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Let me get one thing out of the way: I am against slavery. It seems like it was never a good idea. Of course, I have no experience with slavery since it has been outlawed since about a century before I was born.
Even though there is not any slavery here, Philadelphia City Council seems unnecessarily obsessed with it. They passed a bill that will require any business seeking a city contract to search their records and disclose whether their company ever profited from slavery.
Let’s see. City Council could not bring to a vote a bill to ban smoking in public places. City Council could not pass a new ethics bill at a time when the federal corruption trial brings embarrassing revelations every day that point out why we need a new ethics bill. Yet, City Council passed a slavery disclosure bill.
(Imagine Nero fiddling while Rome burns.)
How many businesses have profited from slavery? Not many, I would guess. The business would have to be at least 150 years old and be in certain industries, such as shipping or agriculture. However, all businesses are affected by this law. Every business must file an affidavit with the city in order to be eligible to do business with the City of Philadelphia.
We have to ask ourselves what the purpose of this legislation is. Whatever happened occurred hundreds of years ago. No one involved at that time is still alive, let alone involved in these businesses today. Any business that actually did profit from slavery is not prohibited from doing business with the city. There is no penalty for a business that may find such information in its past.
So, why was this legislation passed? Pandering. Pandering to those who think that monetary “reparations” are somehow due from today’s taxpayers because of slavery that existed before any of those taxpayers were alive. It is pandering to those who plan to use the information disclosed to clog our courts with frivolous reparations lawsuits against corporations that disclose such information.
Councilwoman Blondell Reynolds Brown, who cosponsored the bill, says that it was more about healing than punishing. But if anything it creates contention where none should exist.
In Chicago, which has similar legislation, there is a witch hunt going on. One alderman (that city’s version of a Council member) even demanded that the chairwoman of the Chicago Transit Authority resign because she stated that “the Lehman Brothers in the 1850s is not the company that it is today,” referring to her employer, which disclosed that its founders may have owned slaves.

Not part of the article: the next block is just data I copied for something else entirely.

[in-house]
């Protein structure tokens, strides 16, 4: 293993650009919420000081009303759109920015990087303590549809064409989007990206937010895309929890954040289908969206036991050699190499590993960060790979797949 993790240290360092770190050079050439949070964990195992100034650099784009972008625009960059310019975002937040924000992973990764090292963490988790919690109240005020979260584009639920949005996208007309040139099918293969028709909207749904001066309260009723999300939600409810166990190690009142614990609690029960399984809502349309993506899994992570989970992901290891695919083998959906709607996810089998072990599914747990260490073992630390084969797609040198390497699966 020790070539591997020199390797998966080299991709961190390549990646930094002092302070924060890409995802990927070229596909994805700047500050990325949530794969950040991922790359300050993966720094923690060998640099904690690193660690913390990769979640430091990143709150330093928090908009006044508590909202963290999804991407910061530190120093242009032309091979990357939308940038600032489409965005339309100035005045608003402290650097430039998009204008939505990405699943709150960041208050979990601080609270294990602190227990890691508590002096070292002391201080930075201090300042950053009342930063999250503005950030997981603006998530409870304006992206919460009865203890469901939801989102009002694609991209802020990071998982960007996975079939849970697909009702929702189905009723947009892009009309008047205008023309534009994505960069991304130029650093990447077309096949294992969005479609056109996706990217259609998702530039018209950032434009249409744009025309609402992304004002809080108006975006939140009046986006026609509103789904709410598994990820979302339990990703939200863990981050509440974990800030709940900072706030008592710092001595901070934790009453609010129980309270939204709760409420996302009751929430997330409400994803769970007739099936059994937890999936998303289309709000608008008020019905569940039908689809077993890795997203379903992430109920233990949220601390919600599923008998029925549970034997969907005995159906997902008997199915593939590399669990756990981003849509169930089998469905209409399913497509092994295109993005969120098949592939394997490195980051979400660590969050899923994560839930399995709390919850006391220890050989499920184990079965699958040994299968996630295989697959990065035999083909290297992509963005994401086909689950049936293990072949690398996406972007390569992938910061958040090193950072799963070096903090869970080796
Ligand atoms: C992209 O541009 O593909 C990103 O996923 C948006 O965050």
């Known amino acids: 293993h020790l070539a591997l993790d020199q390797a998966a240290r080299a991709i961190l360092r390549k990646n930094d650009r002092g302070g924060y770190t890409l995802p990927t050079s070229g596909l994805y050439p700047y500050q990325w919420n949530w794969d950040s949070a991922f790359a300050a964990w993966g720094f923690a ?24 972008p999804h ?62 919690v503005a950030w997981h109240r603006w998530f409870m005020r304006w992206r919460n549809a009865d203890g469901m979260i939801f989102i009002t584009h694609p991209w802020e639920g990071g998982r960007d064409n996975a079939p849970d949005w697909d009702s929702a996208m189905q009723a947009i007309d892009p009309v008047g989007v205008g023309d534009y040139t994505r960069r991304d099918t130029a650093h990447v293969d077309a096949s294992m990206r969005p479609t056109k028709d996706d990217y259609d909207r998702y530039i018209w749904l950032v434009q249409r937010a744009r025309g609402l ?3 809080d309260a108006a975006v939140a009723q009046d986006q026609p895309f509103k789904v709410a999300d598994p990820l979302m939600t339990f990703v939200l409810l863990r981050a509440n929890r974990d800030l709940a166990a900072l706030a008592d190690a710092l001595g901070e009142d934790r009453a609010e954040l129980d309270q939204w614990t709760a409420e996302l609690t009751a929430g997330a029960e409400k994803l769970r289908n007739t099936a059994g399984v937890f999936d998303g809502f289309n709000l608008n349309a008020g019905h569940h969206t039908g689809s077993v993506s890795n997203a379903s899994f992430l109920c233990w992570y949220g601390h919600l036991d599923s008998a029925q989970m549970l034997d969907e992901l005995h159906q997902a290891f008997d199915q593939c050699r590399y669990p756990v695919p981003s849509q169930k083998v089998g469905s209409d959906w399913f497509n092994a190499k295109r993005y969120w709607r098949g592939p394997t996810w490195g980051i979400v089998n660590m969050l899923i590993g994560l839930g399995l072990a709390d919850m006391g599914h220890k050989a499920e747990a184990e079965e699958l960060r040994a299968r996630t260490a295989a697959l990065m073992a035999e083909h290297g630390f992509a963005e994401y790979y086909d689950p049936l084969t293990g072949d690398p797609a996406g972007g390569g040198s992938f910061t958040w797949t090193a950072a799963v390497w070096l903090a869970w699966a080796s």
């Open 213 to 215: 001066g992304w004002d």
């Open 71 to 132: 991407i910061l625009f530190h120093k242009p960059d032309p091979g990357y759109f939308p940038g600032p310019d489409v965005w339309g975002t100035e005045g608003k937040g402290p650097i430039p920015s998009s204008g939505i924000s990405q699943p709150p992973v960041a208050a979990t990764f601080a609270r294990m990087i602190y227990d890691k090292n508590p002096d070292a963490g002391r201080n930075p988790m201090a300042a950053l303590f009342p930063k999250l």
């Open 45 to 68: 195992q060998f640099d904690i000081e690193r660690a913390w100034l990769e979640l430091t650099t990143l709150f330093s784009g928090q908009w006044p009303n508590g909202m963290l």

In Chicago, those businesses that disclose pasts involving slavery have been condemned. Those that do not are accused of lying, and the reparations people are using students from Northeastern Illinois University to do research to determine if they can find information to expose and punish these companies and terminate their city contracts.
It seems to me that the real slavery profiteers are the reparations advocates who have made a career pushing this issue and the politicians who support them.
I have a better idea. How about we require all businesses that want contracts with the city to disclose whether they profited from donating money to Mayor Street’s reelection campaign or those of Council members? At least that is relevant today.
The real effect of this legislation is that it costs taxpayers money – unnecessarily. It certainly sends a message that Philadelphia is not a good place to do business. Some businesses will not bid on contracts, and this will mean less competition and therefore higher costs for us. It is another paperwork requirement that will cost every business, whether it is a 300-year-old bank or a year-old, minority-owned contractor, money to comply with.
What is perhaps most disturbing about all of this is that the ordinance passed unanimously. Not a single member of City Council had the backbone to speak out against this bill or to even vote against it.
Matthew Wolfe lives and writes in Philadelphia.
Each contractor with whom a City Agency enters into a contract, whether subject to competitive bid or not, within the first 90 days after the contract’s execution, shall complete an affidavit verifying that the contractor has searched any and all records of the company or any predecessor company regarding records of investments or profits from slavery or slaveholder insurance policies during the slavery era. The names of any slaves or slaveholders described in those records must be disclosed in the affidavit.
Excerpt from City Council’s Slavery Era Business/Corporate Insurance Disclosure Bill.